Ensemble Correspondances, Sébastien Daucé
[T153:00 (2 CDs)
harmonia mundi HMC 952223.24
[dropcap]I[/dropcap]f I had to sum up this release in one word that word would be ‘lavish’. The two discs lurk in the end papers of a 190-page glossy book that offers multiple colour illustrations and a variety of essays in multiple languages, but, I find myself asking, to what end? At the heart of it all is the famous occasion on which the young Louis XIV appeared as the sun at the climax of the Ballet Royal de la Nuit. The music for this has been painstakingly re-composed – often from just a surviving melodic line – for the typical five-part ensemble of the time and 51 of the original 77 dances appear here. They have been ‘fleshed out’ for modern concert and recording purposes with music from Rossi’s Orfeo and Cavalli’s Ercole amante which have plot links with the ballet. In addition, a number of airs popular at the time, especially by Boesset, have been inserted. We are asked to imagine an occasion at which an older Louis was presented with a lavish entertainment which re-visited delights from his youth. Thus, to put it less kindly, we have a speculative re-construction of an event that never took place. The Ballet Royal has become a Concert Royal.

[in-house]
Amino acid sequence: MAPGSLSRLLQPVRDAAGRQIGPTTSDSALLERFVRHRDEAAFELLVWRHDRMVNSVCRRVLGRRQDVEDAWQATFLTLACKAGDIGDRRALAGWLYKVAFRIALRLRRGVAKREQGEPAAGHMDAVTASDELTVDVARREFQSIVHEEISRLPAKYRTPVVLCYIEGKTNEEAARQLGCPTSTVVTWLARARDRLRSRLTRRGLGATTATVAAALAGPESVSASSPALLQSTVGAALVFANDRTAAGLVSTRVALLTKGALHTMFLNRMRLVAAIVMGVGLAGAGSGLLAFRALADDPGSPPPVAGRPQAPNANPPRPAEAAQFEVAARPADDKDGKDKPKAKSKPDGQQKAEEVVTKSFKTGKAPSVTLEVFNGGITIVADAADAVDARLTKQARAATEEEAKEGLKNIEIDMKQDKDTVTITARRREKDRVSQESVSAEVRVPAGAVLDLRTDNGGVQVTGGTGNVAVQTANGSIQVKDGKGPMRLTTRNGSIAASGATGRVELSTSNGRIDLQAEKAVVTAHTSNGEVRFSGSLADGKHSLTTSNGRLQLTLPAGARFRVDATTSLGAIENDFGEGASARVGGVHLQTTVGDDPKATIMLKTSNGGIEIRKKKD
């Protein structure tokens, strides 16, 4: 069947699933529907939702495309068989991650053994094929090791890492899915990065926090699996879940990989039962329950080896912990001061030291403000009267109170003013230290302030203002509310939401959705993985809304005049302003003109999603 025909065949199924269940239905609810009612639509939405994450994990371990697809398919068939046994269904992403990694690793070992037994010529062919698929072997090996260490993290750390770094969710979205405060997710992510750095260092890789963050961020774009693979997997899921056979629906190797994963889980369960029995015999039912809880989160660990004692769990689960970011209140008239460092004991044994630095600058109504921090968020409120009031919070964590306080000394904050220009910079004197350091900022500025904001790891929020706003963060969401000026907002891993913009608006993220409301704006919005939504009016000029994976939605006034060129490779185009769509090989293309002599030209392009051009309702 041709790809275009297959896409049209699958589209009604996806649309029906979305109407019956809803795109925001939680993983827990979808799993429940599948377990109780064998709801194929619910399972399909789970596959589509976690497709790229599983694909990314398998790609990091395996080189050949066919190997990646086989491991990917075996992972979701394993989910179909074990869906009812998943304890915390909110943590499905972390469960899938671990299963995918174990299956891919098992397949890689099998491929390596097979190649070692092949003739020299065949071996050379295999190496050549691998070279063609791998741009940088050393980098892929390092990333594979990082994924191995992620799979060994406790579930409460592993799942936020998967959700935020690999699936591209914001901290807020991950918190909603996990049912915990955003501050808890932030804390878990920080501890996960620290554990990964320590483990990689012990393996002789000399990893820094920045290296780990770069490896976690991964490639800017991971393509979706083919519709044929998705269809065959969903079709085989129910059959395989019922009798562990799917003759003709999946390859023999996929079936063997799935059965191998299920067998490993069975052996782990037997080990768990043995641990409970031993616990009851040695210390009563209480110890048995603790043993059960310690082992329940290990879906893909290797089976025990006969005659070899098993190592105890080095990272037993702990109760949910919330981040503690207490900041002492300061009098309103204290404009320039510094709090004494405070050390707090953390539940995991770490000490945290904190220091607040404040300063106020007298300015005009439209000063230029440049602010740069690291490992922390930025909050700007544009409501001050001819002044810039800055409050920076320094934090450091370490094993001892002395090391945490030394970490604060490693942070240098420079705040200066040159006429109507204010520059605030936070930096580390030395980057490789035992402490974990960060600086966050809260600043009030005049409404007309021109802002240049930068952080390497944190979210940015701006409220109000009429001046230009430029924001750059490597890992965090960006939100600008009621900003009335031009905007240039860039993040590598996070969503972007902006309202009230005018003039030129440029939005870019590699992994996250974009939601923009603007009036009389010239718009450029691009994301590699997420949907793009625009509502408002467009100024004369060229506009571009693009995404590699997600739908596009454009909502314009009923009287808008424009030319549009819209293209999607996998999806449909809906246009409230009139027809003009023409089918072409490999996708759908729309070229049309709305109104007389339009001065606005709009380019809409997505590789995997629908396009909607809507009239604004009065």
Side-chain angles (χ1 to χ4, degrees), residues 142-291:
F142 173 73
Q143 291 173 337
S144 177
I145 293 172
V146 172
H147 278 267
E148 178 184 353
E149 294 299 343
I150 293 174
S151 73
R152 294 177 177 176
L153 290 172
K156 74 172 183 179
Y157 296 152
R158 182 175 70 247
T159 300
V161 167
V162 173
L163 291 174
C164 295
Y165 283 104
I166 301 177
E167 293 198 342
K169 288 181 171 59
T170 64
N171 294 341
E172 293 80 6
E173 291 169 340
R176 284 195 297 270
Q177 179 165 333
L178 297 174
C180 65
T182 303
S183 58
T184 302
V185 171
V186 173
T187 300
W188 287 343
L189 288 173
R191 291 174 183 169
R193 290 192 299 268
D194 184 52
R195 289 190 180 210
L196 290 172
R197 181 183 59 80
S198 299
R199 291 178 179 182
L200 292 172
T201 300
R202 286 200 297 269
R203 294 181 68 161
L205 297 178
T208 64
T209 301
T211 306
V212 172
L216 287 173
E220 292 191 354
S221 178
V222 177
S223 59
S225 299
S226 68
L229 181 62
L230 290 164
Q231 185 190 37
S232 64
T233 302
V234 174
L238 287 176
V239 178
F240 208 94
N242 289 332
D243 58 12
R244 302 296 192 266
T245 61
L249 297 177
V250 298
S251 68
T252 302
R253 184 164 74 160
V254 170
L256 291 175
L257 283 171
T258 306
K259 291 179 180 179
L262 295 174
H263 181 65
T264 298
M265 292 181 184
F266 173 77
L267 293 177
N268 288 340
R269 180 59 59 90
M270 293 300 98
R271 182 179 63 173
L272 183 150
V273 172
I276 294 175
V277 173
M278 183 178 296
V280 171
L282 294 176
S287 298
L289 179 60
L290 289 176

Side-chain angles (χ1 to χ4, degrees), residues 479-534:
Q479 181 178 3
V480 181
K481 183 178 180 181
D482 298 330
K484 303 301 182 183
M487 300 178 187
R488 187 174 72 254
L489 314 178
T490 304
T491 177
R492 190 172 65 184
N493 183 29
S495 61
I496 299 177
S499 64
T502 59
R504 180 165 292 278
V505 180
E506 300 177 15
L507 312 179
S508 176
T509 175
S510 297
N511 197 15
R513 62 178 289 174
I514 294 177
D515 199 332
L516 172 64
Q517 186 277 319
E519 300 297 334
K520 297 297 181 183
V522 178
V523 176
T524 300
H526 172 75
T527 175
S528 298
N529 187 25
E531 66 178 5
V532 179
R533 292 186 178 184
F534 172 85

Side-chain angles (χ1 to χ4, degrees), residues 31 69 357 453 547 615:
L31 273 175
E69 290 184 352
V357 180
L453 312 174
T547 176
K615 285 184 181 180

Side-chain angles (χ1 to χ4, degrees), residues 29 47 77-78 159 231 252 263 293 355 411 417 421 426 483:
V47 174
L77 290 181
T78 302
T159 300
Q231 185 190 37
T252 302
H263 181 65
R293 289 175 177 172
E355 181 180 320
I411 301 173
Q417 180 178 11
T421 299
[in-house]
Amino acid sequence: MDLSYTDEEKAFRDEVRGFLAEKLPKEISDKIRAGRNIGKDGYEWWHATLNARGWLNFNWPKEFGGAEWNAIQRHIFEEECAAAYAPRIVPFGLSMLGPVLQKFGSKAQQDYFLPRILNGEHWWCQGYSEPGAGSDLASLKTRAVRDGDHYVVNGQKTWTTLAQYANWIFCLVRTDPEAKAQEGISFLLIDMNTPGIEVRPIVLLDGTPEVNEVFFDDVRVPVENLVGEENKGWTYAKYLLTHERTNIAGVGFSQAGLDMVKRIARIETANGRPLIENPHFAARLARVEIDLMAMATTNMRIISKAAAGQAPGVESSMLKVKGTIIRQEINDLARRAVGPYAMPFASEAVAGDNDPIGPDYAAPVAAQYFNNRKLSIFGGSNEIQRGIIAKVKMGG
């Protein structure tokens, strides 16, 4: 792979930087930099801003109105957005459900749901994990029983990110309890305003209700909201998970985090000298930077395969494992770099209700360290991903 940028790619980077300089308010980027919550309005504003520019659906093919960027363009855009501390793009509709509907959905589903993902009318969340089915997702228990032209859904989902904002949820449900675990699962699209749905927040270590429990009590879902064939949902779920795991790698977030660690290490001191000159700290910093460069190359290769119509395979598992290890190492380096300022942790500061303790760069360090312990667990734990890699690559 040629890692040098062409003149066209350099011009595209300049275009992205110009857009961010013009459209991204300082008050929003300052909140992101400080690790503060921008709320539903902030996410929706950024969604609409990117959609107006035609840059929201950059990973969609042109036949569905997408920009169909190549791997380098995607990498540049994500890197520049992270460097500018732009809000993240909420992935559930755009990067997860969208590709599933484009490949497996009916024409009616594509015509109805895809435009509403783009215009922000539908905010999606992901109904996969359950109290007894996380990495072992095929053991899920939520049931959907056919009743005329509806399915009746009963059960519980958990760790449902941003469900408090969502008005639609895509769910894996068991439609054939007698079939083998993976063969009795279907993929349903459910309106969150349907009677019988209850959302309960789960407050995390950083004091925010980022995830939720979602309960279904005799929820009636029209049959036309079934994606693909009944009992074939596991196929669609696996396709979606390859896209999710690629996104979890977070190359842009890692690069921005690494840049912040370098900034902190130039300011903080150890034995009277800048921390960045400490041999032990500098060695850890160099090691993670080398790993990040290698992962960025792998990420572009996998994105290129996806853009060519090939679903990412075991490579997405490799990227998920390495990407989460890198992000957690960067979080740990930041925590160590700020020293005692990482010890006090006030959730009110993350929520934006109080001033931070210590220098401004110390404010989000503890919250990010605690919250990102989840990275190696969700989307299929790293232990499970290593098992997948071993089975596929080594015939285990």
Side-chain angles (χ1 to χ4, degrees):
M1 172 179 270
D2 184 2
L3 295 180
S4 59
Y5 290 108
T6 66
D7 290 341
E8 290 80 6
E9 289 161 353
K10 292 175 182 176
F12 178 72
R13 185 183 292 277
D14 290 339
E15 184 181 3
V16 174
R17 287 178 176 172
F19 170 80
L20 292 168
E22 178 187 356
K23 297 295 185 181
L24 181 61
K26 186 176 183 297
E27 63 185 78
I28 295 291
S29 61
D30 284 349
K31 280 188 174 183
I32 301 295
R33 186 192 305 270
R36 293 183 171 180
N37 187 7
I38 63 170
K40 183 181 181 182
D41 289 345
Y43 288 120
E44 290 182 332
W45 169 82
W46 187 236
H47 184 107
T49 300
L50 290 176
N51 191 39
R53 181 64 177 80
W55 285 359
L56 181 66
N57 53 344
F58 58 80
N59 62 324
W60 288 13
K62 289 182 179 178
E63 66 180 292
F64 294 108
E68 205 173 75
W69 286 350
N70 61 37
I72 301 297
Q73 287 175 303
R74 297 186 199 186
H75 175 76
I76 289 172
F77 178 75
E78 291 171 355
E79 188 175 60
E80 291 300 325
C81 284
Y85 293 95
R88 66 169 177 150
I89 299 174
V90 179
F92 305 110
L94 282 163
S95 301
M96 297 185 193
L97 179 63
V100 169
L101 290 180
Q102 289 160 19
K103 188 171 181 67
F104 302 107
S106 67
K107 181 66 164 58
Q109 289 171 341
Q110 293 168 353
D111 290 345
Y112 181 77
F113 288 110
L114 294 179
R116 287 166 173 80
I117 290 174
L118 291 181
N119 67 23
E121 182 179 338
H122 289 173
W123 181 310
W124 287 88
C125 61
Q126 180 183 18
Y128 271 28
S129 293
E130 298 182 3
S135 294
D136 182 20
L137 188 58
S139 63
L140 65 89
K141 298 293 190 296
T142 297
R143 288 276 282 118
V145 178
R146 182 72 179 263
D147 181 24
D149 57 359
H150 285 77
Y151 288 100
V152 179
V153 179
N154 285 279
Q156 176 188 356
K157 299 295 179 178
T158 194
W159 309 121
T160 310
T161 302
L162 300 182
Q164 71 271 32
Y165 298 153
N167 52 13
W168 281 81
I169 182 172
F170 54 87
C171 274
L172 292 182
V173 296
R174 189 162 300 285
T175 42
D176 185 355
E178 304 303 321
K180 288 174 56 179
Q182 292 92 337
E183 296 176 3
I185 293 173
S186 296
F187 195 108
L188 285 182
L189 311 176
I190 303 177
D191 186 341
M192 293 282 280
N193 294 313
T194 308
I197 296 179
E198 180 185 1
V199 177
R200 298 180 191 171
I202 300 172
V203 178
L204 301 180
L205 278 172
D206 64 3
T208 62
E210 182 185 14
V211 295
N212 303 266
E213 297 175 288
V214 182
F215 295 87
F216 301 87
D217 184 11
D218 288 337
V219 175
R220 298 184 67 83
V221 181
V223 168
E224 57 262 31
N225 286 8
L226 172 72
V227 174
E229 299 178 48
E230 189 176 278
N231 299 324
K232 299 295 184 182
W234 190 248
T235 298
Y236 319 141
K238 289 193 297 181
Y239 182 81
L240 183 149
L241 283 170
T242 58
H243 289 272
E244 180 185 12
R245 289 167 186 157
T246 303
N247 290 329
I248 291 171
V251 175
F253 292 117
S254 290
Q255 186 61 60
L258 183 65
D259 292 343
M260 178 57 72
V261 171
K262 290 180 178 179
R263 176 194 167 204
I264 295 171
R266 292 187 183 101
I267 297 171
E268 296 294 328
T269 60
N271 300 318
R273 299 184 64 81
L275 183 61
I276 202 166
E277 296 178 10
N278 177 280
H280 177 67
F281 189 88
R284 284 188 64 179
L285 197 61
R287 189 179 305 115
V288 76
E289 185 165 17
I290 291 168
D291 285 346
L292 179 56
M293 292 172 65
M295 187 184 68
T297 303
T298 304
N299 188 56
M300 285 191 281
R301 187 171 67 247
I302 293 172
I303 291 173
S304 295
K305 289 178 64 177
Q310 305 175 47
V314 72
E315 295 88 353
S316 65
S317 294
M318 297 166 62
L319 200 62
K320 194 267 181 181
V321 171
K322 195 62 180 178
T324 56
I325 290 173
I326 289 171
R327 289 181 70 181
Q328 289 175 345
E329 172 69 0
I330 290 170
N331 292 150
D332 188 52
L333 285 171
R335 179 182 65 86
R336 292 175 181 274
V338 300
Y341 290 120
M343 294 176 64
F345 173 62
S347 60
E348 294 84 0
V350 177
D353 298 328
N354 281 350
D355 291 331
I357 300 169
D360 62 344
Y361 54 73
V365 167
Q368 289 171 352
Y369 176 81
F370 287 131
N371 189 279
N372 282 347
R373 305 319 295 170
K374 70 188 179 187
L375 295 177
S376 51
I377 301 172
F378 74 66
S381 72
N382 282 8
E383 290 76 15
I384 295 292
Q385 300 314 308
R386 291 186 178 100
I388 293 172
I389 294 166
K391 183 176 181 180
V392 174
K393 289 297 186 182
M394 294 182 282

If you can swallow this conceit – which is not too hard – you will then be confronted with Christie-esque performance practice which means added elaborate percussion parts rather too often for my taste and recorders at unlikely pitches (both of these within the first half minute). So, purely musically, I did not enjoy this, though I can still imagine it winning awards. The real star is the book which, as well as telling you what you need to know in order to understand what’s going on, also includes a lot of fascinating contextual information. As so often, you pay your money…